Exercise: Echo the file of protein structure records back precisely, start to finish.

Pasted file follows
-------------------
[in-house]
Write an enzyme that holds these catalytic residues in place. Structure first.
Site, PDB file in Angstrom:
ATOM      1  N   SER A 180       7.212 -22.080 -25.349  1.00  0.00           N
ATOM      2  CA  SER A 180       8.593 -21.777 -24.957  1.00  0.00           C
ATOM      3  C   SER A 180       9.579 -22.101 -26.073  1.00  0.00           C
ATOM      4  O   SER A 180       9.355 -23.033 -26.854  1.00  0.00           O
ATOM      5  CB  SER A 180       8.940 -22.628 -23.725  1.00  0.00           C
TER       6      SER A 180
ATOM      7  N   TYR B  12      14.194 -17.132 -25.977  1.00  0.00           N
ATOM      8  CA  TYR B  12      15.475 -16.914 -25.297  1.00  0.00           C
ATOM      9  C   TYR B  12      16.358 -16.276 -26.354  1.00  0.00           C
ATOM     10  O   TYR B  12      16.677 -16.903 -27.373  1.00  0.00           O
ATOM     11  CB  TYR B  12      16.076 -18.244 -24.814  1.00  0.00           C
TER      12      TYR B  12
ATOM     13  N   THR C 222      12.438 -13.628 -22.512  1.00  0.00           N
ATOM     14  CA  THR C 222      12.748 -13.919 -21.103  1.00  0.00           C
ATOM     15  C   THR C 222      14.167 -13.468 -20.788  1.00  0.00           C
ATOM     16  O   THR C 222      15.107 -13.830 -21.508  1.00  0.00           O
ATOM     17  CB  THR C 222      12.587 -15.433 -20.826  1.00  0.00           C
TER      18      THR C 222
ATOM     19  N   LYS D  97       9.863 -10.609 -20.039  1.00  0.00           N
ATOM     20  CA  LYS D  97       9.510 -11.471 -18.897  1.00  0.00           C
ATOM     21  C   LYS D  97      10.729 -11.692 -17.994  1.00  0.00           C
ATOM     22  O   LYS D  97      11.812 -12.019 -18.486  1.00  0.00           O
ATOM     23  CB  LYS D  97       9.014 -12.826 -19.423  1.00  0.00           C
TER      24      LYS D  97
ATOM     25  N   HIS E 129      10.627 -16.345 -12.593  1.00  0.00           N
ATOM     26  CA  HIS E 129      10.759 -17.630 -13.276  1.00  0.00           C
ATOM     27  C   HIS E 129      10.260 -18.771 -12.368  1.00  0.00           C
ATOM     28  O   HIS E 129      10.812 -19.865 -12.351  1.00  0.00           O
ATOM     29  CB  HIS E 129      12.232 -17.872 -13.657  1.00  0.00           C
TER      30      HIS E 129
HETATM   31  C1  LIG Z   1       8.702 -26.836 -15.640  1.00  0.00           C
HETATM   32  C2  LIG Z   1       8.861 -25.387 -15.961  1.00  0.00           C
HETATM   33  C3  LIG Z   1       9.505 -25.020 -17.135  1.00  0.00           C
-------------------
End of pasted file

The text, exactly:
[in-house]
Write an enzyme that holds these catalytic residues in place. Structure first.
Site, PDB file in Angstrom:
ATOM      1  N   SER A 180       7.212 -22.080 -25.349  1.00  0.00           N
ATOM      2  CA  SER A 180       8.593 -21.777 -24.957  1.00  0.00           C
ATOM      3  C   SER A 180       9.579 -22.101 -26.073  1.00  0.00           C
ATOM      4  O   SER A 180       9.355 -23.033 -26.854  1.00  0.00           O
ATOM      5  CB  SER A 180       8.940 -22.628 -23.725  1.00  0.00           C
TER       6      SER A 180
ATOM      7  N   TYR B  12      14.194 -17.132 -25.977  1.00  0.00           N
ATOM      8  CA  TYR B  12      15.475 -16.914 -25.297  1.00  0.00           C
ATOM      9  C   TYR B  12      16.358 -16.276 -26.354  1.00  0.00           C
ATOM     10  O   TYR B  12      16.677 -16.903 -27.373  1.00  0.00           O
ATOM     11  CB  TYR B  12      16.076 -18.244 -24.814  1.00  0.00           C
TER      12      TYR B  12
ATOM     13  N   THR C 222      12.438 -13.628 -22.512  1.00  0.00           N
ATOM     14  CA  THR C 222      12.748 -13.919 -21.103  1.00  0.00           C
ATOM     15  C   THR C 222      14.167 -13.468 -20.788  1.00  0.00           C
ATOM     16  O   THR C 222      15.107 -13.830 -21.508  1.00  0.00           O
ATOM     17  CB  THR C 222      12.587 -15.433 -20.826  1.00  0.00           C
TER      18      THR C 222
ATOM     19  N   LYS D  97       9.863 -10.609 -20.039  1.00  0.00           N
ATOM     20  CA  LYS D  97       9.510 -11.471 -18.897  1.00  0.00           C
ATOM     21  C   LYS D  97      10.729 -11.692 -17.994  1.00  0.00           C
ATOM     22  O   LYS D  97      11.812 -12.019 -18.486  1.00  0.00           O
ATOM     23  CB  LYS D  97       9.014 -12.826 -19.423  1.00  0.00           C
TER      24      LYS D  97
ATOM     25  N   HIS E 129      10.627 -16.345 -12.593  1.00  0.00           N
ATOM     26  CA  HIS E 129      10.759 -17.630 -13.276  1.00  0.00           C
ATOM     27  C   HIS E 129      10.260 -18.771 -12.368  1.00  0.00           C
ATOM     28  O   HIS E 129      10.812 -19.865 -12.351  1.00  0.00           O
ATOM     29  CB  HIS E 129      12.232 -17.872 -13.657  1.00  0.00           C
TER      30      HIS E 129
HETATM   31  C1  LIG Z   1       8.702 -26.836 -15.640  1.00  0.00           C
HETATM   32  C2  LIG Z   1       8.861 -25.387 -15.961  1.00  0.00           C
HETATM   33  C3  LIG Z   1       9.505 -25.020 -17.135  1.00  0.00           C